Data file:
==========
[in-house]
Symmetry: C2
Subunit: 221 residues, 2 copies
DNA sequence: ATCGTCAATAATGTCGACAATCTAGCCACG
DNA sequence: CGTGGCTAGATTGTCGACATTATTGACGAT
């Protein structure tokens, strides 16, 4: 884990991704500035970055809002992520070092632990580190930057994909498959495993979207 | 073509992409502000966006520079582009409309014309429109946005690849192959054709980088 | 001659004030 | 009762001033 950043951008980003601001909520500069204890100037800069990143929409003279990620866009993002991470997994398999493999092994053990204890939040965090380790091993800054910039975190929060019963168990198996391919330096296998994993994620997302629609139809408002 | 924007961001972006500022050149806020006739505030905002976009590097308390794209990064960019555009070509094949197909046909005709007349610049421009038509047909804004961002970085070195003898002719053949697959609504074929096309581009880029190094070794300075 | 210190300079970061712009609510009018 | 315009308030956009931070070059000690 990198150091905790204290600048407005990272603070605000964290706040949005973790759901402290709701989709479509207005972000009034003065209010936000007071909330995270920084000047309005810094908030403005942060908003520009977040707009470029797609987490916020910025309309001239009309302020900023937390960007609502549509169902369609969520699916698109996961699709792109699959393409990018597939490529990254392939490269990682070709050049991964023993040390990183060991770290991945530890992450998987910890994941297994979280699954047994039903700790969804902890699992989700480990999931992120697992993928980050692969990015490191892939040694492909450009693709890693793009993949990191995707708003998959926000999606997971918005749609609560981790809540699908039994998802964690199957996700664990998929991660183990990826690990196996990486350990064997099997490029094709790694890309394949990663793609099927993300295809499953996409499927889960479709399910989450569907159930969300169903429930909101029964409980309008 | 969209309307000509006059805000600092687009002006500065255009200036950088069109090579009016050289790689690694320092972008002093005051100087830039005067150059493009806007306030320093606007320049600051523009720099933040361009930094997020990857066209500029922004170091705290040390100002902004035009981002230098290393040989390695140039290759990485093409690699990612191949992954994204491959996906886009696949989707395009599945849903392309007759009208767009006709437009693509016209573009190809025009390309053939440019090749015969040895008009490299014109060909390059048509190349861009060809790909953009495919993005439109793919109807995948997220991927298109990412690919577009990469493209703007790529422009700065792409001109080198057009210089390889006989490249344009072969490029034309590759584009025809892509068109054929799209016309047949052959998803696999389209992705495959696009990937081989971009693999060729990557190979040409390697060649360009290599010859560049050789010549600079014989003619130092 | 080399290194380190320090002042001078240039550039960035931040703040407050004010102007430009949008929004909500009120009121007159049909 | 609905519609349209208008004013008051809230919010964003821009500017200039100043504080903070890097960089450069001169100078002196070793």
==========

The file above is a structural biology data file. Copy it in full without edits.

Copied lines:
[in-house]
Symmetry: C2
Subunit: 221 residues, 2 copies
DNA sequence: ATCGTCAATAATGTCGACAATCTAGCCACG
DNA sequence: CGTGGCTAGATTGTCGACATTATTGACGAT
């Protein structure tokens, strides 16, 4: 884990991704500035970055809002992520070092632990580190930057994909498959495993979207 | 073509992409502000966006520079582009409309014309429109946005690849192959054709980088 | 001659004030 | 009762001033 950043951008980003601001909520500069204890100037800069990143929409003279990620866009993002991470997994398999493999092994053990204890939040965090380790091993800054910039975190929060019963168990198996391919330096296998994993994620997302629609139809408002 | 924007961001972006500022050149806020006739505030905002976009590097308390794209990064960019555009070509094949197909046909005709007349610049421009038509047909804004961002970085070195003898002719053949697959609504074929096309581009880029190094070794300075 | 210190300079970061712009609510009018 | 315009308030956009931070070059000690 990198150091905790204290600048407005990272603070605000964290706040949005973790759901402290709701989709479509207005972000009034003065209010936000007071909330995270920084000047309005810094908030403005942060908003520009977040707009470029797609987490916020910025309309001239009309302020900023937390960007609502549509169902369609969520699916698109996961699709792109699959393409990018597939490529990254392939490269990682070709050049991964023993040390990183060991770290991945530890992450998987910890994941297994979280699954047994039903700790969804902890699992989700480990999931992120697992993928980050692969990015490191892939040694492909450009693709890693793009993949990191995707708003998959926000999606997971918005749609609560981790809540699908039994998802964690199957996700664990998929991660183990990826690990196996990486350990064997099997490029094709790694890309394949990663793609099927993300295809499953996409499927889960479709399910989450569907159930969300169903429930909101029964409980309008 | 969209309307000509006059805000600092687009002006500065255009200036950088069109090579009016050289790689690694320092972008002093005051100087830039005067150059493009806007306030320093606007320049600051523009720099933040361009930094997020990857066209500029922004170091705290040390100002902004035009981002230098290393040989390695140039290759990485093409690699990612191949992954994204491959996906886009696949989707395009599945849903392309007759009208767009006709437009693509016209573009190809025009390309053939440019090749015969040895008009490299014109060909390059048509190349861009060809790909953009495919993005439109793919109807995948997220991927298109990412690919577009990469493209703007790529422009700065792409001109080198057009210089390889006989490249344009072969490029034309590759584009025809892509068109054929799209016309047949052959998803696999389209992705495959696009990937081989971009693999060729990557190979040409390697060649360009290599010859560049050789010549600079014989003619130092 | 080399290194380190320090002042001078240039550039960035931040703040407050004010102007430009949008929004909500009120009121007159049909 | 609905519609349209208008004013008051809230919010964003821009500017200039100043504080903070890097960089450069001169100078002196070793």